Rembrandt painted the fifty year old Floris Soop (1604-1657), a wealthy bachelor and ensign, or standard bearer, in a civic guard company of his native Amterdam.
Soop lived in a large town house called the Glashuys (Glass House) on Kleveniers Burgh-wal (now 105), next door to Jan Six on Kleveniers Burgh-wal (now 103), whose magnificent portrait was painted by Rembrandt in the same year as the canvas of Floris Soop, 1654.
Like Six, Floris Soop was a regent of the Amsterdam theater, and the cultivated neighbors must have been acquinted for quite some time before Rembrandt painted their portraits.
The first municipal theatre of Amsterdam, inaugurated January 1638.
The Schouwburg opened with Joost van den Vondel’s Gijsbrecht van Aemstel, written especially for the occasion. Floris Soop was a regent of the Schouwburg in 1638.
At his death three years later, Soop owned 140 paintings as well as many books, a lute and three violas da gamba, and about a hundred of fine glassware, coins, and other collectibles.
Soop was baptized in the Nieuwe kerk, Amsterdam, on January 20, 1604.
The story of how he and his distinguished uncle Petrus Scriverius, came by their different surnames goes back two generations to Peter This, a surgeon, and his wife, Marie Jansdr Schrijver (Scriverius in Latin) The couple has two sons, Thijs and Hendrick, who after their father’s early death took their mother’s surname. Marie remarried, and her second husband Dirck Jansz van Beuningen, she had two more sons.
In 1575, Hendrick Jansz Schrijver married Cornelisgen Jansdr Soop, who came from a prominent family in Haarlem.
They had three sons , Pieter, Petrus Scriverius (1576-1660); Jan Hendricksz (1578-1638), who adopted his maternal grandfather’s surname, Soop; and Daniel, about whom is little known except that he died a bachelor.
Floris Soop’s parents, Jan Hendricksz Soop and Barbara Carel, married in 1598. She was the daughter of a wealthy Amsterdam entrepreneur, Jan Jansz Carel, who in 1601 purchased and expanded an Amsterdam glass factory that had been founded four years earlier by an Italian merchant. This was the future Glashuys, where in 1610 Babara Carel died in childbirth, leaving Jan Hendricksz Soop’s family with five (soon only four) children.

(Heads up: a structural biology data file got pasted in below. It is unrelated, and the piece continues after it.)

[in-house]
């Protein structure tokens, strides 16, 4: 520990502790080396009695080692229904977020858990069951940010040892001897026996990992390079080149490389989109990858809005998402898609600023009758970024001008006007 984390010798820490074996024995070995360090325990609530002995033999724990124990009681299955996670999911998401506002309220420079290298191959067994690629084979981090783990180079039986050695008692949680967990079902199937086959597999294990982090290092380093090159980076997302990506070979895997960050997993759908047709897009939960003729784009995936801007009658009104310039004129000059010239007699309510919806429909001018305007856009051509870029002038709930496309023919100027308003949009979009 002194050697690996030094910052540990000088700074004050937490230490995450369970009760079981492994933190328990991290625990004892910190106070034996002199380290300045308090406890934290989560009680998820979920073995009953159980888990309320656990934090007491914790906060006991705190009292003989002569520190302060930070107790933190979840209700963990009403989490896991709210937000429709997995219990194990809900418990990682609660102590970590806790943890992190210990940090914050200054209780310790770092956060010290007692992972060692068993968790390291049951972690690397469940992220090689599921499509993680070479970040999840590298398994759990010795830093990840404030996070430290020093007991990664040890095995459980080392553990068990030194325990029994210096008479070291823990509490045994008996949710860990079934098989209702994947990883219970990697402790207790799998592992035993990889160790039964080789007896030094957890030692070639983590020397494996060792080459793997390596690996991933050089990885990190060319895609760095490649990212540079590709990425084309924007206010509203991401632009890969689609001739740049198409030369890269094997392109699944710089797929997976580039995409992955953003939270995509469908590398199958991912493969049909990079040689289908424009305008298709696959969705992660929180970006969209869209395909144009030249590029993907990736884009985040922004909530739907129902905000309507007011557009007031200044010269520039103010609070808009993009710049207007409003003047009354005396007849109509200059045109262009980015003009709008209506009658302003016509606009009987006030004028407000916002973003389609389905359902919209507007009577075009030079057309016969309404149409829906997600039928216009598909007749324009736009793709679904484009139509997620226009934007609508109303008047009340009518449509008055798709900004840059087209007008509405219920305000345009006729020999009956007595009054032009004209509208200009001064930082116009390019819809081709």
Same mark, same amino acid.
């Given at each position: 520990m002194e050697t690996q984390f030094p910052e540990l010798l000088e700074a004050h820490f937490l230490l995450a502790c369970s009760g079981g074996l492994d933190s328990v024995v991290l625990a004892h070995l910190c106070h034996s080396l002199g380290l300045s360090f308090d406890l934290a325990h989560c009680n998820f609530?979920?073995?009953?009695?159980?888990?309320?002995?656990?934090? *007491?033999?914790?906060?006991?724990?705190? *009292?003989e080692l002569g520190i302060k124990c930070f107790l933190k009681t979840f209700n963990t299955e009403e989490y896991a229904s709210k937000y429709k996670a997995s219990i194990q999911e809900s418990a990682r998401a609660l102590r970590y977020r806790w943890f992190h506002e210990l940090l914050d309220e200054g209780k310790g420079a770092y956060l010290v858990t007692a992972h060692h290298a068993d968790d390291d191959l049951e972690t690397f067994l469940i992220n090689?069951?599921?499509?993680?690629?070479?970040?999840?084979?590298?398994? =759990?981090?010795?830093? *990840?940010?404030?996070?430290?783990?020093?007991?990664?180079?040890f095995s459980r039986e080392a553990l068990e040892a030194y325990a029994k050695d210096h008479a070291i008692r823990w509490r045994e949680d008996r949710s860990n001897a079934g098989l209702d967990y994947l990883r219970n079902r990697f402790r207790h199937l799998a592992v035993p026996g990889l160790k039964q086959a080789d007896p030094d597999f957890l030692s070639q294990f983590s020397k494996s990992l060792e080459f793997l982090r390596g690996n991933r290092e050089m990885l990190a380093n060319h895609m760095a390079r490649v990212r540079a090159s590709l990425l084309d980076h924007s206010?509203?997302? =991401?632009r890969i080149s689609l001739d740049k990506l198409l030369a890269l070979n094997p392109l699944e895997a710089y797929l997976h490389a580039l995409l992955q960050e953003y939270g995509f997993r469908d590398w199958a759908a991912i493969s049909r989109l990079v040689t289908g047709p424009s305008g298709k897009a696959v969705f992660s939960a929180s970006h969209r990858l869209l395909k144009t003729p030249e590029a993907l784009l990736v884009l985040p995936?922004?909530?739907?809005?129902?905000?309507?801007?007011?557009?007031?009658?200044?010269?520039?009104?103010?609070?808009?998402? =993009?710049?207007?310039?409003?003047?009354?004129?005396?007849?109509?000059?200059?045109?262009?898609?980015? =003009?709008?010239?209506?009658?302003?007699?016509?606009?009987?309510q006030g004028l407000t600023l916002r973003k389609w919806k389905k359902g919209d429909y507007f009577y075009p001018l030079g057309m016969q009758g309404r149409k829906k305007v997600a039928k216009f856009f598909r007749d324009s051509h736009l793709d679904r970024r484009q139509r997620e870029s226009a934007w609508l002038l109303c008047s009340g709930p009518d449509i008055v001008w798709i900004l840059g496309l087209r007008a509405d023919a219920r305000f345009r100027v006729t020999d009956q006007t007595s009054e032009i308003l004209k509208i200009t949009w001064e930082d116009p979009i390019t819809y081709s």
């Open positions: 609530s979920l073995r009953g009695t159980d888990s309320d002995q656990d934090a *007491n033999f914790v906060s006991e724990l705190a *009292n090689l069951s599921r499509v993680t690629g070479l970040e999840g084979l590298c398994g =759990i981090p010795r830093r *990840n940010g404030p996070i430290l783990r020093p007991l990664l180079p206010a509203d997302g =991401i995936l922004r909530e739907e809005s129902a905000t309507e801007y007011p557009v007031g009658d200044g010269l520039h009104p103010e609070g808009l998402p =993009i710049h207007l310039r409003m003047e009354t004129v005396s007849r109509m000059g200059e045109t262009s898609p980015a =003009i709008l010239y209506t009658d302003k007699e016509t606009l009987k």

Jan Hendricksz oldest son was Jan Soop (1602-1655), who like his maternal grandfather, jan Carel became a captain in an Amsterdam civic guard company.
Soop died intestate, which in the absence of surviving parents, siblings, spouses, or children brought his nephews, Willem Schrijver of Amsterdam and Hendrick Schrijver of Oudewater (on behalf of the nearest surviving relative, Petrus Scriverius, who was eighty-one years old and blind) as well as members of the Carel family, to the Glashuys on May 3, 1657
Soop appears to have died not long before, outside Amsterdam, since his burial is not recorded there. The document is dated December 21, 1657
In addition to the Glashuys and the furniture and various collections it contained, Soop owned several houses in Haarlem, two gardens outside the Regulierspoort , some property in Hoorn, and land near Soest, where he and his late brother had a country house called Crachtwijck and Het Dorstighe Hert.
Once every procession was valued and debts were discounted, it was decided that the Carel family would walk away with a cash payment of 4,200 guilders from an estate worth ( or, more likely, underestimated to be worth) 36,600 guilders.
Everything else belonged to Petrus Scriverius, including some 140 pictures that he could not see.
The great majority of the works of art listed in Soop’s estate are not attributed to any artist. He owned drawings by Pieter Quast , which presumably reflected his interest in the Amsterdam Schouwburg. The only attributed painting were a seascape by Hendrick Vroom(1562-1640), a game piece by Elias Vonck (1605-1652), a landscape by Jan van Goyen and a landscape by Hercules Seeghers(1598/90 - 1633/38)
In the voorhuys hung portraits of ‘old captain Soop’ and his sons Jan, Floris and Pieter.
When the same three paintings were listed in the inventory of Willem Schrijver’s estate (October 26, 1661), each one was describes as “door hals gedaen” ( done by Hals, which could only have been Frans)
In the same room was “een conterfeytsel van capiteyn Soop met een Hondt” and “idem noch van Floris Soop soo groot als het leven” ( Floris as large as life). Rembrandt’s portrait of a standard bear shows the figure life size.
That paintings by Vonck and Vroom are attributed in the inventory (which was compiled by a notary) and those by Hals and Rembrandt pass without their names has to do with conspicuous signatures rather than reputations.
Two other unattributed portraits of Floris Soop were in the house, on in the voorhuis and one in het musyckcamertje.